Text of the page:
We’re still in the dark on Joss Whedon’s next film. When we last heard about it, he said it made him weep uncontrollably:
“I wrote all the way through to the end of the movie and was crying, in public,” Whedon said. “The restaurant closed. The valet guy came to me and then just turned around and went the other way. And I don’t like to make a spectacle of myself, but I had to take off my shirt and blow my nose into it because they had taken away all the napkins. I couldn’t stand up. I couldn’t stop crying, and then I got in a car – luckily somebody else was driving – and kept crying for about 20 more minutes.”
Today at Comic-Con, Whedon had a panel in Hall H, and naturally the subject of his new film came up. While the project is still shrouded in mystery, he did tell the crowd [thanks to Haleigh Foutch for reporting]:
The film I’m working on right now, I could credit 100 different things for how it’s evolving. I’ll say this much about it: it’s historical fiction, it’s different than anything I’ve done before and for the first time I’m writing without a studio, a rating, a budget, or anything in mind. I’m writing purely on a level that I never have. When I finish the script, which should be a couple months, I believe all the studios will get together for a bidding-war/intervention because it is not — it’s very disturbing. It’s been a very exciting experience. I’m doing a ton of historical research, but I realized “Oh, this reminds me of Eli Roth’s Aftershock.” So, really don’t know where it’s going to go.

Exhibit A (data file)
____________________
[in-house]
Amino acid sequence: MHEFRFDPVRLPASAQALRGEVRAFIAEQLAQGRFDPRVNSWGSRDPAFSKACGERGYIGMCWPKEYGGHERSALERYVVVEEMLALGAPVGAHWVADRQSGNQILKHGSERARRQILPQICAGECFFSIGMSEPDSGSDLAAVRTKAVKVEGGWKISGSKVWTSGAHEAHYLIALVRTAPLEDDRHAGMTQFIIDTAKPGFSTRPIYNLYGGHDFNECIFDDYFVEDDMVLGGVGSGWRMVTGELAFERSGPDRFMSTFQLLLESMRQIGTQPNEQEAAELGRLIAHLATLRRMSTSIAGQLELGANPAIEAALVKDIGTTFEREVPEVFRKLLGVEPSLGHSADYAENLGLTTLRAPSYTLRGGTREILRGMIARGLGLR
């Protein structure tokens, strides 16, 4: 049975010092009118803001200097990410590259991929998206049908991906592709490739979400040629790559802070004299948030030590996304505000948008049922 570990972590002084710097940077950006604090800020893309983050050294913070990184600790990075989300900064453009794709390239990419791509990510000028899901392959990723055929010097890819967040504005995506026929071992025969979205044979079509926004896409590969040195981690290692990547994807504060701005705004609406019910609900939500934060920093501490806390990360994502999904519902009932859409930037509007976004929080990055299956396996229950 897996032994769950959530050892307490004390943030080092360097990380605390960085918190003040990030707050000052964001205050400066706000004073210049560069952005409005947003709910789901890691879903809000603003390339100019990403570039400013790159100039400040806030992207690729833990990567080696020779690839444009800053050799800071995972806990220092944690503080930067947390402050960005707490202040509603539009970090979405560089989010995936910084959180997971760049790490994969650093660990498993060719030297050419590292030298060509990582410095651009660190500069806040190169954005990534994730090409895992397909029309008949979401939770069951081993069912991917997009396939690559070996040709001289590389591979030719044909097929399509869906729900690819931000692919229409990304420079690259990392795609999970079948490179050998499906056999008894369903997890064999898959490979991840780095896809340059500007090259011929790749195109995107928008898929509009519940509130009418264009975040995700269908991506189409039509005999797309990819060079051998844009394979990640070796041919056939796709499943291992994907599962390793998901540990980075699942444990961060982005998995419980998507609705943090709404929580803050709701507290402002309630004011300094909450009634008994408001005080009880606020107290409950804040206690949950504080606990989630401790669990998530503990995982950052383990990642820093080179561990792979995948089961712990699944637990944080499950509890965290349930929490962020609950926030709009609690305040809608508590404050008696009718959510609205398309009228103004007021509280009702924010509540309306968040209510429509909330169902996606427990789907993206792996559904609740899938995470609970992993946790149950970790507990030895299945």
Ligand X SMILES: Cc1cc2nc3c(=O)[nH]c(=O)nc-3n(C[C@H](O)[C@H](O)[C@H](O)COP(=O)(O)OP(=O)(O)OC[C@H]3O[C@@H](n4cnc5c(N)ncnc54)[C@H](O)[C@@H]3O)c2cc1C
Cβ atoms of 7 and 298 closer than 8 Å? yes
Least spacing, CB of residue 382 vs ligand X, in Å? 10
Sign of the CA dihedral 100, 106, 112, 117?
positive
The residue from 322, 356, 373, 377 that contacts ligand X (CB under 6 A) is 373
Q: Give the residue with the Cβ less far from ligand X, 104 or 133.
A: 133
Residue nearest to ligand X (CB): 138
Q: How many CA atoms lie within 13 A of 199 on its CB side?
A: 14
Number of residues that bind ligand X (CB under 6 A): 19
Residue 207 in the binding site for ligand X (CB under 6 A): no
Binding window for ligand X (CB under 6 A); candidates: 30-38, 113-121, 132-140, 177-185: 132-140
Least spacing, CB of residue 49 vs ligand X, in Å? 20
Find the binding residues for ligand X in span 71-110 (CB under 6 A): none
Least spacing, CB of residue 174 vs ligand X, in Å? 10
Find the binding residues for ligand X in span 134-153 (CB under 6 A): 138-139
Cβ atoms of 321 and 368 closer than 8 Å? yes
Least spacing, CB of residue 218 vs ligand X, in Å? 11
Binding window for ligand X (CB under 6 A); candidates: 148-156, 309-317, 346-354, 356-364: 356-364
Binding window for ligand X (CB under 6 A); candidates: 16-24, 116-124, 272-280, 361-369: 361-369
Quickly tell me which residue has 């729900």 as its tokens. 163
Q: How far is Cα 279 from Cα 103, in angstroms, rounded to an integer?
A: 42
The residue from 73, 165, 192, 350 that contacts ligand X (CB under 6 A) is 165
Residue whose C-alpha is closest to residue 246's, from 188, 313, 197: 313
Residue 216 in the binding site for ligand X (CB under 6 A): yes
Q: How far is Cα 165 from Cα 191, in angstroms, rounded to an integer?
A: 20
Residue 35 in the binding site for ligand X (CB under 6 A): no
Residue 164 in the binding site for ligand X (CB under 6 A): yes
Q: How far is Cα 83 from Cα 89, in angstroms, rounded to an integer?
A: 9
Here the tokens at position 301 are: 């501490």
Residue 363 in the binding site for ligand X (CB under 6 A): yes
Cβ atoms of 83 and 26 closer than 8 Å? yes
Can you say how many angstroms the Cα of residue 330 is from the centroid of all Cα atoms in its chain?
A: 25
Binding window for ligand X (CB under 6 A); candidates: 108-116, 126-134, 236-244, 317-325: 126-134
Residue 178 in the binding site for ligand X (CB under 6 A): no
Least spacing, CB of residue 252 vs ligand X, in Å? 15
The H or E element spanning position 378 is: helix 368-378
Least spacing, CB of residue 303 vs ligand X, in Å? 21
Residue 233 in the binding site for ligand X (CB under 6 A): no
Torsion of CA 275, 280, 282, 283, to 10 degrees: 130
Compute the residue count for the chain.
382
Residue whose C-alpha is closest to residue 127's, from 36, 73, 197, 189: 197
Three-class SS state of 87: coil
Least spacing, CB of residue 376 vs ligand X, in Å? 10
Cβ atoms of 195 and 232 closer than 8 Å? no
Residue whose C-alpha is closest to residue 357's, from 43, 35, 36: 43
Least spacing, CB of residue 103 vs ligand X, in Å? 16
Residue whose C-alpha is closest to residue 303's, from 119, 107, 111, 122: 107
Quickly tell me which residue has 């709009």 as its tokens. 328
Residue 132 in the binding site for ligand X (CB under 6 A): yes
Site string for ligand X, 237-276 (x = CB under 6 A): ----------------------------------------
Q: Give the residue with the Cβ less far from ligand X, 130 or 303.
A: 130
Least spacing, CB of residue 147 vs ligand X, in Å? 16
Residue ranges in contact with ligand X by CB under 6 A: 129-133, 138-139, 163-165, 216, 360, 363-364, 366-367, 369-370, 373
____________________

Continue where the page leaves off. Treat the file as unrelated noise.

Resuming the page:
I haven’t seen Aftershock, so I can’t really weigh in on the comparison, but historical fiction definitely sounds like an interesting place for Whedon to go and a far cry from what he’s done before. I’m also always down for what Whedon presents as “disturbing”. He seems like a guy who feels like the world is failing and it’s his duty to find glimmers of hope among the wreckage. There’s definitely a lot he could work with if he’s in the historical fiction genre.
Later in the panel, he said:
Hopefully the next thing that I do, that I will talk to you about in a year’s time, will be a new version – a decidedly new version of the story that I keep trying to tell.
So how long can Whedon keep audiences waiting? As long as he likes. That’s the power you get when you make Avengers movies. But hopefully we’ll learn the specifics of his new project sooner rather than later.